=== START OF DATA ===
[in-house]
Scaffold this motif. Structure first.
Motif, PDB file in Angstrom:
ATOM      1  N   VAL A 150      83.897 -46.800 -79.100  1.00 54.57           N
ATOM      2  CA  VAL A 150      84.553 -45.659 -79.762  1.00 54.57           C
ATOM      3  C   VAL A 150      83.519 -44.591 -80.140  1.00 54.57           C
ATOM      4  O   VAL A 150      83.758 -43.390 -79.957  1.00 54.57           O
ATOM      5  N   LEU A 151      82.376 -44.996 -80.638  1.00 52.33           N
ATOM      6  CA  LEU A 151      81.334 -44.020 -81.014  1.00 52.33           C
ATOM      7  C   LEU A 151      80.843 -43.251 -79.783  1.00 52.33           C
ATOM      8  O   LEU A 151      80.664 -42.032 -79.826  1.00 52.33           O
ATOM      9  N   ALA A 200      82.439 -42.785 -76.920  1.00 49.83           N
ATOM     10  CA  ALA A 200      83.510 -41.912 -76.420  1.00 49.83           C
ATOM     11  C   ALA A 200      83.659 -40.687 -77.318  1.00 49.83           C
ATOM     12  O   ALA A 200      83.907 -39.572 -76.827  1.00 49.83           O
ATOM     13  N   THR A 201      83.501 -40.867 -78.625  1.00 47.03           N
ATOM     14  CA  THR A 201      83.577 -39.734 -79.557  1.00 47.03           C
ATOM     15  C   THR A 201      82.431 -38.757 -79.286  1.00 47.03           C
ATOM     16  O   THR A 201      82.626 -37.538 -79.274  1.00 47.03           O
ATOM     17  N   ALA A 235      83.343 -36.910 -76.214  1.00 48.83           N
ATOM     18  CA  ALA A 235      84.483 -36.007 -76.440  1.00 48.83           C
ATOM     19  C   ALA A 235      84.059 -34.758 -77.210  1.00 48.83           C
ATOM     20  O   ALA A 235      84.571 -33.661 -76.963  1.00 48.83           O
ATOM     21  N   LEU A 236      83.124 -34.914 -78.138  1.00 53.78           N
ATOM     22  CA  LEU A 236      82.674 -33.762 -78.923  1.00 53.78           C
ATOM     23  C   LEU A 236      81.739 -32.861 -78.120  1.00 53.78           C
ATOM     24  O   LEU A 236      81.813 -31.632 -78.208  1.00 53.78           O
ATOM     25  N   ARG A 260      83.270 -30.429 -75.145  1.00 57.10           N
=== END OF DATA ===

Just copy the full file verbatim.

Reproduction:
[in-house]
Scaffold this motif. Structure first.
Motif, PDB file in Angstrom:
ATOM      1  N   VAL A 150      83.897 -46.800 -79.100  1.00 54.57           N
ATOM      2  CA  VAL A 150      84.553 -45.659 -79.762  1.00 54.57           C
ATOM      3  C   VAL A 150      83.519 -44.591 -80.140  1.00 54.57           C
ATOM      4  O   VAL A 150      83.758 -43.390 -79.957  1.00 54.57           O
ATOM      5  N   LEU A 151      82.376 -44.996 -80.638  1.00 52.33           N
ATOM      6  CA  LEU A 151      81.334 -44.020 -81.014  1.00 52.33           C
ATOM      7  C   LEU A 151      80.843 -43.251 -79.783  1.00 52.33           C
ATOM      8  O   LEU A 151      80.664 -42.032 -79.826  1.00 52.33           O
ATOM      9  N   ALA A 200      82.439 -42.785 -76.920  1.00 49.83           N
ATOM     10  CA  ALA A 200      83.510 -41.912 -76.420  1.00 49.83           C
ATOM     11  C   ALA A 200      83.659 -40.687 -77.318  1.00 49.83           C
ATOM     12  O   ALA A 200      83.907 -39.572 -76.827  1.00 49.83           O
ATOM     13  N   THR A 201      83.501 -40.867 -78.625  1.00 47.03           N
ATOM     14  CA  THR A 201      83.577 -39.734 -79.557  1.00 47.03           C
ATOM     15  C   THR A 201      82.431 -38.757 -79.286  1.00 47.03           C
ATOM     16  O   THR A 201      82.626 -37.538 -79.274  1.00 47.03           O
ATOM     17  N   ALA A 235      83.343 -36.910 -76.214  1.00 48.83           N
ATOM     18  CA  ALA A 235      84.483 -36.007 -76.440  1.00 48.83           C
ATOM     19  C   ALA A 235      84.059 -34.758 -77.210  1.00 48.83           C
ATOM     20  O   ALA A 235      84.571 -33.661 -76.963  1.00 48.83           O
ATOM     21  N   LEU A 236      83.124 -34.914 -78.138  1.00 53.78           N
ATOM     22  CA  LEU A 236      82.674 -33.762 -78.923  1.00 53.78           C
ATOM     23  C   LEU A 236      81.739 -32.861 -78.120  1.00 53.78           C
ATOM     24  O   LEU A 236      81.813 -31.632 -78.208  1.00 53.78           O
ATOM     25  N   ARG A 260      83.270 -30.429 -75.145  1.00 57.10           N